Low levels of extra-pair paternity in a neotropical duetting songbird, the rufous-and-white wren (Thryothorus rufalbus)
Molecular analyses have confirmed that the majority of socially monogamous birds follow a genetically promiscuous reproductive strategy. Most such studies, however, have addressed species of the North Temperate Zone; tropical species are grossly underrepresented, although most of Earth's biodiversity is concentrated in the tropics. In this study, we describe the genetic mating strategy of the Rufous-and-white Wren (Thryothorus rufalbus), a socially monogamous duetting neotropical songbird. Over 8 years of studying a marked population in Costa Rica, we recorded genetic data from 51 broods. Microsatellite analysis of four variable loci revealed that the Rufous-and-white Wren follows a mixed reproductive strategy, where extra-pair young are found in a small minority of broods. Three of 158 nestlings (2%) were the result of extra-pair fertilizations; three of the 51 broods (6%) contained a nestling with alleles mismatched to its social father. We assigned paternity of two of the extra-pair nestlings to males in territories adjacent to the cuckolded males. During behavioral observations, we observed within-pair copulations rarely and extra-pair copulations never. The rate of extra-pair paternity we report here is lower than the average reported for socially monogamous birds in the North Temperate Zone but comparable to rates in three closely related tropical wrens. Rufous-and-white Wrens are renowned for their coordinated vocal duets. We compared rates of extra-pair paternity among socially monogamous tropical birds, contrasting four duetting species against twelve nonduetting species and found lower levels of extra-pair paternity in the former group, suggesting that duetting and low levels of extra-pair paternity are related. © The Cooper Ornithological Society 2012.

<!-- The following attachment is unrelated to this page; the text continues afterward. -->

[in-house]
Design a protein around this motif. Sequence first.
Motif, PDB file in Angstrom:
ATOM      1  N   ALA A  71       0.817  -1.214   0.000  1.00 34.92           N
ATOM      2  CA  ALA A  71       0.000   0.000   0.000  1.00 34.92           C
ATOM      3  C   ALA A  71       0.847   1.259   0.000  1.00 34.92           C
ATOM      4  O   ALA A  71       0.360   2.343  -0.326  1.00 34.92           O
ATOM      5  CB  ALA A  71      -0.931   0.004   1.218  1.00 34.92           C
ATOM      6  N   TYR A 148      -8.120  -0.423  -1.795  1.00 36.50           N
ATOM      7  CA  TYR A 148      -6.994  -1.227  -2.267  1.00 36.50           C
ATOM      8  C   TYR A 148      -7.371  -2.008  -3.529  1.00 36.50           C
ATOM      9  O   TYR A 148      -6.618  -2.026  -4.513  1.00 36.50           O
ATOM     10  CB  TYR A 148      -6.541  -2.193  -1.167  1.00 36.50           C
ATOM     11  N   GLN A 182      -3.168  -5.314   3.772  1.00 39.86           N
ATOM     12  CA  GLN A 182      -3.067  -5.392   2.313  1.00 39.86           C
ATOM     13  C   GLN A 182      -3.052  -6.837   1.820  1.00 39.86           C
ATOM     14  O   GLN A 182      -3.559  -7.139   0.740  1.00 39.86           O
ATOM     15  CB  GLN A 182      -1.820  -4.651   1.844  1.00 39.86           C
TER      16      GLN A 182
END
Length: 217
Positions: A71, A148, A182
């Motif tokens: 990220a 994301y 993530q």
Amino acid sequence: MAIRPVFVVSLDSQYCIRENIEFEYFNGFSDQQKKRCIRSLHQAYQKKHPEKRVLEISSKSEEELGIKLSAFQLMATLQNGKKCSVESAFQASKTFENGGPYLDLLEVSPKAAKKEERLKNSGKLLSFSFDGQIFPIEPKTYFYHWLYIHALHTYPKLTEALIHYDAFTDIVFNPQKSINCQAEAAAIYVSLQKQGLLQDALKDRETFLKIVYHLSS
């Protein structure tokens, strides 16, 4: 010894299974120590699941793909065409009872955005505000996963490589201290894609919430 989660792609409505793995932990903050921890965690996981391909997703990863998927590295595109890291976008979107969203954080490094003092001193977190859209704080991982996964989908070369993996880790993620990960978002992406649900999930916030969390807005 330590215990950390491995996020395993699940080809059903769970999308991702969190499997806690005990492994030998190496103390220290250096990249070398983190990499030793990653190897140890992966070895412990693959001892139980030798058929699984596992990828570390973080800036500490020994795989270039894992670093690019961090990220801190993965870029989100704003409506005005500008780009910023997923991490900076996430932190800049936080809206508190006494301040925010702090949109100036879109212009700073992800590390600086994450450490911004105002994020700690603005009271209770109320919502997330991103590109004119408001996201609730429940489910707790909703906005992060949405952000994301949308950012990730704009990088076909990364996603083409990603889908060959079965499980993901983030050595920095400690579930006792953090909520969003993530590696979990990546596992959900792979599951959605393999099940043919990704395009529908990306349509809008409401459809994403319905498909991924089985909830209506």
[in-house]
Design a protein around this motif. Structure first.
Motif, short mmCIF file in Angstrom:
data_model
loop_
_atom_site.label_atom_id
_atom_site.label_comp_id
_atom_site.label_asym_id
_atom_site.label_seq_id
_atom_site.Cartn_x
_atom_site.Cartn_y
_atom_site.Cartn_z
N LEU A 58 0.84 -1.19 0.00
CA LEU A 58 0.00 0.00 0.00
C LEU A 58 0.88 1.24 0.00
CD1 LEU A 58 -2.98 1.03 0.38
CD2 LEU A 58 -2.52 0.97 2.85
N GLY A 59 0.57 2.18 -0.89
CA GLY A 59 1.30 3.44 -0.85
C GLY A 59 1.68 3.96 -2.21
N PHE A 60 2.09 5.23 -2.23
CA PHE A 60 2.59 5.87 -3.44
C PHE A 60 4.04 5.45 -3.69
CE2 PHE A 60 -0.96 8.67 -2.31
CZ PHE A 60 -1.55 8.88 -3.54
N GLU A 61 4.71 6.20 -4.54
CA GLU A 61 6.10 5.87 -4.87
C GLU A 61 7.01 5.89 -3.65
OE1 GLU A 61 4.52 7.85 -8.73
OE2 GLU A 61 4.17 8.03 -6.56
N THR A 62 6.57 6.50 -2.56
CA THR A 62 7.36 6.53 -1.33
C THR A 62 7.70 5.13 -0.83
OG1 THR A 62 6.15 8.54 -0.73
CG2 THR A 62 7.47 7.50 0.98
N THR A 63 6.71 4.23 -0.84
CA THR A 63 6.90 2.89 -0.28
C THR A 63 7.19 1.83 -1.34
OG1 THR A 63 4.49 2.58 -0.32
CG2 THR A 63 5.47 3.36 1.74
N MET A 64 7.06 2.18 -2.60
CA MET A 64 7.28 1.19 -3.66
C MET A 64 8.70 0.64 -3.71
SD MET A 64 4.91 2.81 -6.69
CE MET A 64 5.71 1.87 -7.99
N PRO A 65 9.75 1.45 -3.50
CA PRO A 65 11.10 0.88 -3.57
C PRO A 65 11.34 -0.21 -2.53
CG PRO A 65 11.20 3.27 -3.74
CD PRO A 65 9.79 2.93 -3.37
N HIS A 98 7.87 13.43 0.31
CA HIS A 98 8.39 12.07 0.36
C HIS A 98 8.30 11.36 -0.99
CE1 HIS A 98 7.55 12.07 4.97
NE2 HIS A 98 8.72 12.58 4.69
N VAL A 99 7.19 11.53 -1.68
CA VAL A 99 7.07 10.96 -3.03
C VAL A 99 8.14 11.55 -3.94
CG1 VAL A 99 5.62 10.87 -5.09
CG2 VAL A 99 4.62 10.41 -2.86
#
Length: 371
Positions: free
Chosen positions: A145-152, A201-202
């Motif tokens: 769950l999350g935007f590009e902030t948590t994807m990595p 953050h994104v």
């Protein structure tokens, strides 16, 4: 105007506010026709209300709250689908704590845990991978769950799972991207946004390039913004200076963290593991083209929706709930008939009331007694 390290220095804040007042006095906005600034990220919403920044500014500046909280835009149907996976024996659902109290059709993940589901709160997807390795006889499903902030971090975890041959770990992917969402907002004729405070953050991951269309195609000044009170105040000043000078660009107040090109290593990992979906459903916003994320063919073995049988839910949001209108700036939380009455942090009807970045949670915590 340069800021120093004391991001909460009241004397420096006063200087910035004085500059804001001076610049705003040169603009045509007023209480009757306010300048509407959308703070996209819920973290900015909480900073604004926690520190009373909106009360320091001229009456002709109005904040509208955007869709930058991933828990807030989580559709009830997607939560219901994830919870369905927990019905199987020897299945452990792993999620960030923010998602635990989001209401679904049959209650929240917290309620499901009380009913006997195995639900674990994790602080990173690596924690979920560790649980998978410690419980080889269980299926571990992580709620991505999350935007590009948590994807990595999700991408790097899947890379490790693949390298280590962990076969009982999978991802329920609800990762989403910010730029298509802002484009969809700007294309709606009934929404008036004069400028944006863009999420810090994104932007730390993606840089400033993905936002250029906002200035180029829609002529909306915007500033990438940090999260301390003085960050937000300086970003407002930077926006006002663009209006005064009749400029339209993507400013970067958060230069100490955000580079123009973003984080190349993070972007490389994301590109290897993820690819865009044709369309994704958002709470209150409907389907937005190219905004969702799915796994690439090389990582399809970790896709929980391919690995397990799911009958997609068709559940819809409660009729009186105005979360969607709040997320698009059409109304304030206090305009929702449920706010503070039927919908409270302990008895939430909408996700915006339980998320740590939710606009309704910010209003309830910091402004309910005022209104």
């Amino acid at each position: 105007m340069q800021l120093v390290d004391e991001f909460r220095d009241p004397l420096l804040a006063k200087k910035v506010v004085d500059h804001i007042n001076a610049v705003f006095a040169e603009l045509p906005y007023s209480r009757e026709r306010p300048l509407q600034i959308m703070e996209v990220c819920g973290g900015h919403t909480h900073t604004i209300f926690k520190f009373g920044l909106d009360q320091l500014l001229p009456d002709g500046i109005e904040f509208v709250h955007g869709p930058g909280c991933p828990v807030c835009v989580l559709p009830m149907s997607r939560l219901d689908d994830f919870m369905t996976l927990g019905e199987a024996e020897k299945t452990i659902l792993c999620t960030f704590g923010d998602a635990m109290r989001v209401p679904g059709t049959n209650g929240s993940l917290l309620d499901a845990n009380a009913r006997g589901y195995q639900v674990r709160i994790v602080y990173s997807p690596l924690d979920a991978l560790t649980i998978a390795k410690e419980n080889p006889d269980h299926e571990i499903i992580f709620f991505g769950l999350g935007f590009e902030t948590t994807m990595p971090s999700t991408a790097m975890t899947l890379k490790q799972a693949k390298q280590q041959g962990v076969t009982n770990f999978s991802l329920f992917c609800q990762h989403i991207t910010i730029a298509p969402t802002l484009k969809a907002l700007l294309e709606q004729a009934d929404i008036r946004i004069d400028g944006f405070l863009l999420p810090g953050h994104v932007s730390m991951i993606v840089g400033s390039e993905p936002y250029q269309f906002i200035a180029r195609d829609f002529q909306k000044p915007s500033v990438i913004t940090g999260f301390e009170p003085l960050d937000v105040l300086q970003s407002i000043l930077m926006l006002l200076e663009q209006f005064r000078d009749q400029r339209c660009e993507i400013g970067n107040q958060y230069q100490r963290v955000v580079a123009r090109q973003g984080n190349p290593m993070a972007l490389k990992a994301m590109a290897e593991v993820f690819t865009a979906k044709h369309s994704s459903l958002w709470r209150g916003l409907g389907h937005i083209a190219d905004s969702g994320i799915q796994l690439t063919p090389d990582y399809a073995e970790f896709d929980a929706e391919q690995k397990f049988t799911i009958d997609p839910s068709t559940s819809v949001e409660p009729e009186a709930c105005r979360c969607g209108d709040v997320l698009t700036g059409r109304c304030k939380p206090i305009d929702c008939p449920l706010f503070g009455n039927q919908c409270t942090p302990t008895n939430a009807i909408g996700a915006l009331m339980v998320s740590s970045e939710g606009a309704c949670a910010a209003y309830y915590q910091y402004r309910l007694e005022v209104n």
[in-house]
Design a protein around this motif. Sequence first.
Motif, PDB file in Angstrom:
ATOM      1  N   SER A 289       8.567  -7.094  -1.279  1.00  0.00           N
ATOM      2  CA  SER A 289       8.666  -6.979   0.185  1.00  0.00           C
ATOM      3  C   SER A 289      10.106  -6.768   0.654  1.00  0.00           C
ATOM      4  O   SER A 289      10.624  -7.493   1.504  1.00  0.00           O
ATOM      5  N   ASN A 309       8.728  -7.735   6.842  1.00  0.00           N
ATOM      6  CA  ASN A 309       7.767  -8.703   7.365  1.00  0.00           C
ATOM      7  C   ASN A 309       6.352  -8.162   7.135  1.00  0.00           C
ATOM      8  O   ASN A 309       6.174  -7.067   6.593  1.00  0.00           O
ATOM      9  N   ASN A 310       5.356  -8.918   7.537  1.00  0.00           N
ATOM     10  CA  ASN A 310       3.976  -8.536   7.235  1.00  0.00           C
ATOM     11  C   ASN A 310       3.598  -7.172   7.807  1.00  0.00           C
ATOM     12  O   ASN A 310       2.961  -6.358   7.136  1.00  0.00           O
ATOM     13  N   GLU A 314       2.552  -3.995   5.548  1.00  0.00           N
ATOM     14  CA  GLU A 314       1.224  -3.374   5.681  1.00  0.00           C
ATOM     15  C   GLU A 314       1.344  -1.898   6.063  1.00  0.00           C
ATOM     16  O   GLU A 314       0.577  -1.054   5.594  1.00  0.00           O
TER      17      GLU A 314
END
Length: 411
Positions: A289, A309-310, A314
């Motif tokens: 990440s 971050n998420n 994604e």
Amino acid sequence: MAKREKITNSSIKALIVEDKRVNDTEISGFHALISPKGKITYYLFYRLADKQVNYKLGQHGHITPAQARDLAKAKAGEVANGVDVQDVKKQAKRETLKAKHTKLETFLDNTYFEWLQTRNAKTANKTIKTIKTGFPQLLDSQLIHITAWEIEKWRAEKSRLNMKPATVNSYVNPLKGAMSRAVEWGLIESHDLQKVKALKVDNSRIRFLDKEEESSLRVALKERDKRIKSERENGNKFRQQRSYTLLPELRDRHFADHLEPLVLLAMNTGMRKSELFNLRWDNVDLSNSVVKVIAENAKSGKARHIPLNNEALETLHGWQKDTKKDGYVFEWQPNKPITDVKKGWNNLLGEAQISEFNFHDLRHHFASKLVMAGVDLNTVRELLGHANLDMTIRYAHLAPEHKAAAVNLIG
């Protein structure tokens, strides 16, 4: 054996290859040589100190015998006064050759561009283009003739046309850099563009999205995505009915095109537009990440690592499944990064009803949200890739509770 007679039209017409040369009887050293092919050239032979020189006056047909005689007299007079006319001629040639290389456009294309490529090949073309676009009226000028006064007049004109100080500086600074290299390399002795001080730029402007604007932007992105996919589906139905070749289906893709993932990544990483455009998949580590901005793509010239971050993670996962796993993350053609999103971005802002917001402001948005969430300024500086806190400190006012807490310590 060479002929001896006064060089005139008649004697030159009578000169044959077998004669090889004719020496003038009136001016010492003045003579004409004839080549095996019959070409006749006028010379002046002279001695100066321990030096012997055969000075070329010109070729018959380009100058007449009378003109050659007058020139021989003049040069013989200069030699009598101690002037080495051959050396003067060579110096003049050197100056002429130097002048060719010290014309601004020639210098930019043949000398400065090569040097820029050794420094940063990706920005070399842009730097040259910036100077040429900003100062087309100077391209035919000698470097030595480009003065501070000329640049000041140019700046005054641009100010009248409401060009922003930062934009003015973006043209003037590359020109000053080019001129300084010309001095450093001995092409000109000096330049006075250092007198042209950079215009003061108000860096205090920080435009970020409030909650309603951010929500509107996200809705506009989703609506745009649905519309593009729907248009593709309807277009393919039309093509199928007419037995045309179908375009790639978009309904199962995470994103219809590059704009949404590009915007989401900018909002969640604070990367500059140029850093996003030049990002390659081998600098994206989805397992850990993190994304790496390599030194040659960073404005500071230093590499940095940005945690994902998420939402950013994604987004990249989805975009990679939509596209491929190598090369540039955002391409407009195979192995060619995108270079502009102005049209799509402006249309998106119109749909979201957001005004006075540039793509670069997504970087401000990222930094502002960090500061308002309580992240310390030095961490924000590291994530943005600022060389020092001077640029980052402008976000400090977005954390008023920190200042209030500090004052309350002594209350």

Douglas, Sarah B.; Heath, Daniel D.; and Mennill, Daniel J., "Low levels of extra-pair paternity in a neotropical duetting songbird, the rufous-and-white wren (Thryothorus rufalbus)" (2012). Condor, 114, 2, 393-400.